Enola Holmes is a silly but enjoyable watch.
Image Courtesy of Vulture
By Meg Warwick
I was flicking through Netflix on the first freezing cold day of Autumn, tired of watching reruns of “Brooklyn Nine-Nine”, when I stumbled across “Enola Holmes”. Not knowing anything about it, I took the risk and clicked play.
The film was an easy watch, following Sherlock Holmes’ younger sister, Enola (Millie Bobby-Brown). Throughout the film, Enola proves herself to be as witty, clever, and strong as her older brother, with skills ranging from anagram solving to combat. The plot is detailed but not too complex, with a few twists here and there, managing to throw the audience off guard but never completely shocking anyone. At points it felt too family friendly for my age, but a film I definitely would have loved as a child.
Enola Holmes is very much portrayed as a badass. She disarms a man twice her size in combat, all while wearing a floor length dress that is bound to be a hindrance. She refuses to conform to the traditional expectations of women, which had me cheering her on as she fought for her freedom throughout the film.
Millie Bobby-Brown plays a solid Enola, tough but not inhumane. She can take on a murderous hitman, but she still needs her mother. However, Bobby-Brown’s constant fourth-wall-breaks, exclaiming directly to the camera, “Hi, I’m Enola Holmes!” got old fast. We get it. Henry Cavil’s interpretation of an intense Sherlock was closer to Robert Downey Jr’s portrayal than Benedict Cumberbatch’s modern version. The latter is, in my head, the definition of Sherlock Holmes, and throughout, it proved to be a hard performance to live up to. Sam Claflin as Mycroft was superb, being arrogant, ignorant but still cunning, with the constant sneer on his face exactly as I imagine Mycroft to be best played.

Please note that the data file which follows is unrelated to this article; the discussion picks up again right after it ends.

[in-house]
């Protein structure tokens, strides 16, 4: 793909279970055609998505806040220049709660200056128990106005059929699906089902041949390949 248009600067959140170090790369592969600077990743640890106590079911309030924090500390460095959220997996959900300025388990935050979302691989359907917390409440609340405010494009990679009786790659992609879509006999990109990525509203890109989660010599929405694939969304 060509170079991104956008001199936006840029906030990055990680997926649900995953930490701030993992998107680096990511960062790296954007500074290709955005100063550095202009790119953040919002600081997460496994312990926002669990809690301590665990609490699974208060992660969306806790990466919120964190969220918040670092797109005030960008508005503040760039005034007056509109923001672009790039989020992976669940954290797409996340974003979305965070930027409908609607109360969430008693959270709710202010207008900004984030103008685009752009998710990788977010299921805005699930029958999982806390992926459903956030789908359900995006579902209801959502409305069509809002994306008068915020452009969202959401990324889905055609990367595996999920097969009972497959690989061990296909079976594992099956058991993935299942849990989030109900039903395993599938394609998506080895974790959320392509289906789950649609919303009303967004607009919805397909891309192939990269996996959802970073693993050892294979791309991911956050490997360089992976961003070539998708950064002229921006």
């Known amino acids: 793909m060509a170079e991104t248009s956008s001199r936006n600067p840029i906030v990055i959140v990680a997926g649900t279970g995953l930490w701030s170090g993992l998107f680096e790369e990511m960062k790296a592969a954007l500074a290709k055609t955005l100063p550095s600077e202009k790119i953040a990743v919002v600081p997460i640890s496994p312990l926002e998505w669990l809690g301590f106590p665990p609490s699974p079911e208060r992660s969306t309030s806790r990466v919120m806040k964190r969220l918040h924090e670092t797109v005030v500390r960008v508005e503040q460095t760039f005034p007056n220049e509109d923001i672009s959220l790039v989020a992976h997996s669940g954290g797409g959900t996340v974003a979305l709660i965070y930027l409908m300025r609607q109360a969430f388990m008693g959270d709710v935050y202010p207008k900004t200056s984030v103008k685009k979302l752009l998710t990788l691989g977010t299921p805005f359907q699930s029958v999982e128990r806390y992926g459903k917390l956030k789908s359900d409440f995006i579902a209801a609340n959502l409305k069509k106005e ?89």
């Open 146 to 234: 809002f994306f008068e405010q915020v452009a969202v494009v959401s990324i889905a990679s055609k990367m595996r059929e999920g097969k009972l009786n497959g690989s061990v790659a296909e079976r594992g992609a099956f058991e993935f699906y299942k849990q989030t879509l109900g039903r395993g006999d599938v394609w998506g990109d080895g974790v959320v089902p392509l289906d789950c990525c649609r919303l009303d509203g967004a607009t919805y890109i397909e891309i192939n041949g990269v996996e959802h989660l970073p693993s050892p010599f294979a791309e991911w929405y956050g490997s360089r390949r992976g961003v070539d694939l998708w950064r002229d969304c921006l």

The film did feel very Sherlock-y, from the 1900-appropriate fashion and beautifully sculpted buildings, to the expensive looking horse and carriages. The score was very reminiscent of previous Sherlock films too, constantly reminding the audience that they were in the universe of the great detective.
However, the action scenes lasted longer than they should have, and the constant recurring flashbacks of Enola’s mother (Helena Bomana-Carter) felt less integral to the plot and more about showing that, ‘Hey! We have Helena Bonham-Carter as part of the cast, isn’t that cool!”
Overall, the film is a bit of family friendly fun. Something to watch to whirl the hours away on a windy afternoon, and to take a break from some of Netflix’s more serious content. I’d say give “Enola Holmes” a go, but don’t expect the moon because you won’t even get the stars if you aim too high.
“Enola Holmes” is available to stream on Netflix.